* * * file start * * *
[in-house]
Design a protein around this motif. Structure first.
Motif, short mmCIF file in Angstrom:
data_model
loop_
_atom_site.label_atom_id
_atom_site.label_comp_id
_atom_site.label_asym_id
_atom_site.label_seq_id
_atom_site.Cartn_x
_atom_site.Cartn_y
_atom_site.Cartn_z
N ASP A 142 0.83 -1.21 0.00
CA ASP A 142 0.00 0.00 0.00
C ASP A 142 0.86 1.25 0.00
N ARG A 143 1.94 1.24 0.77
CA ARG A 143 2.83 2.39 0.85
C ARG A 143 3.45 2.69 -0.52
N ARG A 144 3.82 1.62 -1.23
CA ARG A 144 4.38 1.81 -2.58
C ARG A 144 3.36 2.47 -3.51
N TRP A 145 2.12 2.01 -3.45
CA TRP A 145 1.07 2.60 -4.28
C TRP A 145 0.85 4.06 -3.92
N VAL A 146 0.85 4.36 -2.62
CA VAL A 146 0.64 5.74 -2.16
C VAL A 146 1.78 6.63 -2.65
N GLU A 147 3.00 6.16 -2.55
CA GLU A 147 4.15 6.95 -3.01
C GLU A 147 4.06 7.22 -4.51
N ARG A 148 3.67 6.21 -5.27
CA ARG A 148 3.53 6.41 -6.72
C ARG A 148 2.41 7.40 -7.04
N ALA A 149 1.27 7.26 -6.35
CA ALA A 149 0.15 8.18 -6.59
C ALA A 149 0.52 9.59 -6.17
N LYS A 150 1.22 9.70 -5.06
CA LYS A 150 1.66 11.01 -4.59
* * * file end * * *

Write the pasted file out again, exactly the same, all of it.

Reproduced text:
[in-house]
Design a protein around this motif. Structure first.
Motif, short mmCIF file in Angstrom:
data_model
loop_
_atom_site.label_atom_id
_atom_site.label_comp_id
_atom_site.label_asym_id
_atom_site.label_seq_id
_atom_site.Cartn_x
_atom_site.Cartn_y
_atom_site.Cartn_z
N ASP A 142 0.83 -1.21 0.00
CA ASP A 142 0.00 0.00 0.00
C ASP A 142 0.86 1.25 0.00
N ARG A 143 1.94 1.24 0.77
CA ARG A 143 2.83 2.39 0.85
C ARG A 143 3.45 2.69 -0.52
N ARG A 144 3.82 1.62 -1.23
CA ARG A 144 4.38 1.81 -2.58
C ARG A 144 3.36 2.47 -3.51
N TRP A 145 2.12 2.01 -3.45
CA TRP A 145 1.07 2.60 -4.28
C TRP A 145 0.85 4.06 -3.92
N VAL A 146 0.85 4.36 -2.62
CA VAL A 146 0.64 5.74 -2.16
C VAL A 146 1.78 6.63 -2.65
N GLU A 147 3.00 6.16 -2.55
CA GLU A 147 4.15 6.95 -3.01
C GLU A 147 4.06 7.22 -4.51
N ARG A 148 3.67 6.21 -5.27
CA ARG A 148 3.53 6.41 -6.72
C ARG A 148 2.41 7.40 -7.04
N ALA A 149 1.27 7.26 -6.35
CA ALA A 149 0.15 8.18 -6.59
C ALA A 149 0.52 9.59 -6.17
N LYS A 150 1.22 9.70 -5.06
CA LYS A 150 1.66 11.01 -4.59